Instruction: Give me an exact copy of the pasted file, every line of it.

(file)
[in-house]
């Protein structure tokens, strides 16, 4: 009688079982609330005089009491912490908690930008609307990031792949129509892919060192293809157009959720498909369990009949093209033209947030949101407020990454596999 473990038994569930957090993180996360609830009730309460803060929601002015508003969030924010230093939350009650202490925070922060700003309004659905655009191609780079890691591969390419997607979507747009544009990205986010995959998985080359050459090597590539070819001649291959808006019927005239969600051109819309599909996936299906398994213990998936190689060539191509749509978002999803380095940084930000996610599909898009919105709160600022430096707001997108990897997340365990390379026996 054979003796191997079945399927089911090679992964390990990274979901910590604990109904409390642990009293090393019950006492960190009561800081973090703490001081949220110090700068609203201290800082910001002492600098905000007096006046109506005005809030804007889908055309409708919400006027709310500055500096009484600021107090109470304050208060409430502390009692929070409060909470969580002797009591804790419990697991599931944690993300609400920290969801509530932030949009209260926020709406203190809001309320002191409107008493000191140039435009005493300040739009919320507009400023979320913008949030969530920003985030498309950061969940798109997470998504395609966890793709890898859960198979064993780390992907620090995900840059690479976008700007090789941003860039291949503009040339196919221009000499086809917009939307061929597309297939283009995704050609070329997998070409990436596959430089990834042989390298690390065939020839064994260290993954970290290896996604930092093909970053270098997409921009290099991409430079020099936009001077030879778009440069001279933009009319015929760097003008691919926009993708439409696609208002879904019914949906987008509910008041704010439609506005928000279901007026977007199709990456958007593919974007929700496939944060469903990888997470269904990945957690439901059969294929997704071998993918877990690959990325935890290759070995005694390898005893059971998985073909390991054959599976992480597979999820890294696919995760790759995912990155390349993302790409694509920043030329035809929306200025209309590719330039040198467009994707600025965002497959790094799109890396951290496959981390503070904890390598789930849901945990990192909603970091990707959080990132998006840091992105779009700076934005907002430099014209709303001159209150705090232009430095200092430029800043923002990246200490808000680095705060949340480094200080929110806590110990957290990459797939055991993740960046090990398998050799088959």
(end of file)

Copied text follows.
[in-house]
């Protein structure tokens, strides 16, 4: 009688079982609330005089009491912490908690930008609307990031792949129509892919060192293809157009959720498909369990009949093209033209947030949101407020990454596999 473990038994569930957090993180996360609830009730309460803060929601002015508003969030924010230093939350009650202490925070922060700003309004659905655009191609780079890691591969390419997607979507747009544009990205986010995959998985080359050459090597590539070819001649291959808006019927005239969600051109819309599909996936299906398994213990998936190689060539191509749509978002999803380095940084930000996610599909898009919105709160600022430096707001997108990897997340365990390379026996 054979003796191997079945399927089911090679992964390990990274979901910590604990109904409390642990009293090393019950006492960190009561800081973090703490001081949220110090700068609203201290800082910001002492600098905000007096006046109506005005809030804007889908055309409708919400006027709310500055500096009484600021107090109470304050208060409430502390009692929070409060909470969580002797009591804790419990697991599931944690993300609400920290969801509530932030949009209260926020709406203190809001309320002191409107008493000191140039435009005493300040739009919320507009400023979320913008949030969530920003985030498309950061969940798109997470998504395609966890793709890898859960198979064993780390992907620090995900840059690479976008700007090789941003860039291949503009040339196919221009000499086809917009939307061929597309297939283009995704050609070329997998070409990436596959430089990834042989390298690390065939020839064994260290993954970290290896996604930092093909970053270098997409921009290099991409430079020099936009001077030879778009440069001279933009009319015929760097003008691919926009993708439409696609208002879904019914949906987008509910008041704010439609506005928000279901007026977007199709990456958007593919974007929700496939944060469903990888997470269904990945957690439901059969294929997704071998993918877990690959990325935890290759070995005694390898005893059971998985073909390991054959599976992480597979999820890294696919995760790759995912990155390349993302790409694509920043030329035809929306200025209309590719330039040198467009994707600025965002497959790094799109890396951290496959981390503070904890390598789930849901945990990192909603970091990707959080990132998006840091992105779009700076934005907002430099014209709303001159209150705090232009430095200092430029800043923002990246200490808000680095705060949340480094200080929110806590110990957290990459797939055991993740960046090990398998050799088959």